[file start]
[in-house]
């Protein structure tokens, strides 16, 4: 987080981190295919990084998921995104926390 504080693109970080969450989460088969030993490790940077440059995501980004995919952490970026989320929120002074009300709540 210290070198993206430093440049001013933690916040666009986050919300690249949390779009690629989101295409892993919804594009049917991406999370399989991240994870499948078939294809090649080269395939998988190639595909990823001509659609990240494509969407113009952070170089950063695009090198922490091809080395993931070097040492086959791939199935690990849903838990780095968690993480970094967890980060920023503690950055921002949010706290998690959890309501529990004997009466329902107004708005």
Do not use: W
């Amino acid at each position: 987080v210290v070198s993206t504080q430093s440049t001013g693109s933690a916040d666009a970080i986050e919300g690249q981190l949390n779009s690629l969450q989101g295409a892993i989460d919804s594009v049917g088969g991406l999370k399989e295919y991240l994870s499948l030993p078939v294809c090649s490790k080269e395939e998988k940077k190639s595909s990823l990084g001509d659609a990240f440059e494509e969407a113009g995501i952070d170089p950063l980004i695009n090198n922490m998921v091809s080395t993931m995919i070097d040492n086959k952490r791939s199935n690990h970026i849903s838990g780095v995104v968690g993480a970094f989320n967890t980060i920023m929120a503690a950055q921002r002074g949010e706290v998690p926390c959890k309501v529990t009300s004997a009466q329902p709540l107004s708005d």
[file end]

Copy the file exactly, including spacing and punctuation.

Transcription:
[in-house]
């Protein structure tokens, strides 16, 4: 987080981190295919990084998921995104926390 504080693109970080969450989460088969030993490790940077440059995501980004995919952490970026989320929120002074009300709540 210290070198993206430093440049001013933690916040666009986050919300690249949390779009690629989101295409892993919804594009049917991406999370399989991240994870499948078939294809090649080269395939998988190639595909990823001509659609990240494509969407113009952070170089950063695009090198922490091809080395993931070097040492086959791939199935690990849903838990780095968690993480970094967890980060920023503690950055921002949010706290998690959890309501529990004997009466329902107004708005």
Do not use: W
């Amino acid at each position: 987080v210290v070198s993206t504080q430093s440049t001013g693109s933690a916040d666009a970080i986050e919300g690249q981190l949390n779009s690629l969450q989101g295409a892993i989460d919804s594009v049917g088969g991406l999370k399989e295919y991240l994870s499948l030993p078939v294809c090649s490790k080269e395939e998988k940077k190639s595909s990823l990084g001509d659609a990240f440059e494509e969407a113009g995501i952070d170089p950063l980004i695009n090198n922490m998921v091809s080395t993931m995919i070097d040492n086959k952490r791939s199935n690990h970026i849903s838990g780095v995104v968690g993480a970094f989320n967890t980060i920023m929120a503690a950055q921002r002074g949010e706290v998690p926390c959890k309501v529990t009300s004997a009466q329902p709540l107004s708005d």